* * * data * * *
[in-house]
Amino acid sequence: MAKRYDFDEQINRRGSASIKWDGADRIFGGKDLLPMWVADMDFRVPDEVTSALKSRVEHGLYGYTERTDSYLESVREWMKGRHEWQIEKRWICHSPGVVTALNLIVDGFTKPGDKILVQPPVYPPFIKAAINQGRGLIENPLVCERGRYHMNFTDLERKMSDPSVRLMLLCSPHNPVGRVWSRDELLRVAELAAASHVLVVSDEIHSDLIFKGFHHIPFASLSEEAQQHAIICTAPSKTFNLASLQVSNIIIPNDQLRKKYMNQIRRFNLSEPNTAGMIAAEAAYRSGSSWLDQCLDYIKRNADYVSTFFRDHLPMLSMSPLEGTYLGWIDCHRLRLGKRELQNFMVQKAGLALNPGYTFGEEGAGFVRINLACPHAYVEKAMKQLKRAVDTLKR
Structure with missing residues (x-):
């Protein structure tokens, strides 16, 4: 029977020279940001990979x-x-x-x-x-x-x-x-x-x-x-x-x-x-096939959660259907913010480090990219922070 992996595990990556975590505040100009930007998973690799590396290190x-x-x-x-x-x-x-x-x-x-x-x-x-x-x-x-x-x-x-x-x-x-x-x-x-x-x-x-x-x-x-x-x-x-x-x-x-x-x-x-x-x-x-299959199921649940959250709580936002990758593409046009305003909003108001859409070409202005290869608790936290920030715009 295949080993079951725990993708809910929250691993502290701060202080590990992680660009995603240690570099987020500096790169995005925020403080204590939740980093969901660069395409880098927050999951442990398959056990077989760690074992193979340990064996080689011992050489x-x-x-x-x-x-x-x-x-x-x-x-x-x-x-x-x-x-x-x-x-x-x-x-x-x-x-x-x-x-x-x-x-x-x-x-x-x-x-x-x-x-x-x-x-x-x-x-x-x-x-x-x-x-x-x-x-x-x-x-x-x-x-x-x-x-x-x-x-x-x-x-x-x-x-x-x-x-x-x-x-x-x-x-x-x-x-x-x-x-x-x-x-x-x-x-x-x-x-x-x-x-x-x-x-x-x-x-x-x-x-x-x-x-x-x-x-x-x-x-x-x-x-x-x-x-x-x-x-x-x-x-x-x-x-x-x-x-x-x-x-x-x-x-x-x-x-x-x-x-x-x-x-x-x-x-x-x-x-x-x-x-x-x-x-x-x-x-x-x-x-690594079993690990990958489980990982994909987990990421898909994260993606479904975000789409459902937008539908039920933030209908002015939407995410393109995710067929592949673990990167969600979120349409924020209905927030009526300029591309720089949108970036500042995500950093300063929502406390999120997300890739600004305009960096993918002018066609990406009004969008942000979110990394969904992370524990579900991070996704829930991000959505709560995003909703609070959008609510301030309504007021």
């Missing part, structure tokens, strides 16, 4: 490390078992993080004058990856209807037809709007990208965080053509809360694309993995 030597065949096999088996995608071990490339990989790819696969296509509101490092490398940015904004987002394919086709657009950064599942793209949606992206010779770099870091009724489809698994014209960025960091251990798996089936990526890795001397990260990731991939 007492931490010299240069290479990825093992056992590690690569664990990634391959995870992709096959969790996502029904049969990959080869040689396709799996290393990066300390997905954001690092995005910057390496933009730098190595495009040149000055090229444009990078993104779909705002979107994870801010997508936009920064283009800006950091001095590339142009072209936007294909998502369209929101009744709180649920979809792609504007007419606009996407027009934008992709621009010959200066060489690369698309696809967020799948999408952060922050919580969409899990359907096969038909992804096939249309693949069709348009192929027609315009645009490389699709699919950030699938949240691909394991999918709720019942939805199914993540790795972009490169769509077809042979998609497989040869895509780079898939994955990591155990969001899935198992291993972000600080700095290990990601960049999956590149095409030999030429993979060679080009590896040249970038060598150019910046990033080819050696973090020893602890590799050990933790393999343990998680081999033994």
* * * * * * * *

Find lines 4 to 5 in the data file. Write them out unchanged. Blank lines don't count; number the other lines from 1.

């Protein structure tokens, strides 16, 4: 029977020279940001990979x-x-x-x-x-x-x-x-x-x-x-x-x-x-096939959660259907913010480090990219922070 992996595990990556975590505040100009930007998973690799590396290190x-x-x-x-x-x-x-x-x-x-x-x-x-x-x-x-x-x-x-x-x-x-x-x-x-x-x-x-x-x-x-x-x-x-x-x-x-x-x-x-x-x-x-299959199921649940959250709580936002990758593409046009305003909003108001859409070409202005290869608790936290920030715009 295949080993079951725990993708809910929250691993502290701060202080590990992680660009995603240690570099987020500096790169995005925020403080204590939740980093969901660069395409880098927050999951442990398959056990077989760690074992193979340990064996080689011992050489x-x-x-x-x-x-x-x-x-x-x-x-x-x-x-x-x-x-x-x-x-x-x-x-x-x-x-x-x-x-x-x-x-x-x-x-x-x-x-x-x-x-x-x-x-x-x-x-x-x-x-x-x-x-x-x-x-x-x-x-x-x-x-x-x-x-x-x-x-x-x-x-x-x-x-x-x-x-x-x-x-x-x-x-x-x-x-x-x-x-x-x-x-x-x-x-x-x-x-x-x-x-x-x-x-x-x-x-x-x-x-x-x-x-x-x-x-x-x-x-x-x-x-x-x-x-x-x-x-x-x-x-x-x-x-x-x-x-x-x-x-x-x-x-x-x-x-x-x-x-x-x-x-x-x-x-x-x-x-x-x-x-x-x-x-x-x-x-x-x-x-690594079993690990990958489980990982994909987990990421898909994260993606479904975000789409459902937008539908039920933030209908002015939407995410393109995710067929592949673990990167969600979120349409924020209905927030009526300029591309720089949108970036500042995500950093300063929502406390999120997300890739600004305009960096993918002018066609990406009004969008942000979110990394969904992370524990579900991070996704829930991000959505709560995003909703609070959008609510301030309504007021």
């Missing part, structure tokens, strides 16, 4: 490390078992993080004058990856209807037809709007990208965080053509809360694309993995 030597065949096999088996995608071990490339990989790819696969296509509101490092490398940015904004987002394919086709657009950064599942793209949606992206010779770099870091009724489809698994014209960025960091251990798996089936990526890795001397990260990731991939 007492931490010299240069290479990825093992056992590690690569664990990634391959995870992709096959969790996502029904049969990959080869040689396709799996290393990066300390997905954001690092995005910057390496933009730098190595495009040149000055090229444009990078993104779909705002979107994870801010997508936009920064283009800006950091001095590339142009072209936007294909998502369209929101009744709180649920979809792609504007007419606009996407027009934008992709621009010959200066060489690369698309696809967020799948999408952060922050919580969409899990359907096969038909992804096939249309693949069709348009192929027609315009645009490389699709699919950030699938949240691909394991999918709720019942939805199914993540790795972009490169769509077809042979998609497989040869895509780079898939994955990591155990969001899935198992291993972000600080700095290990990601960049999956590149095409030999030429993979060679080009590896040249970038060598150019910046990033080819050696973090020893602890590799050990933790393999343990998680081999033994």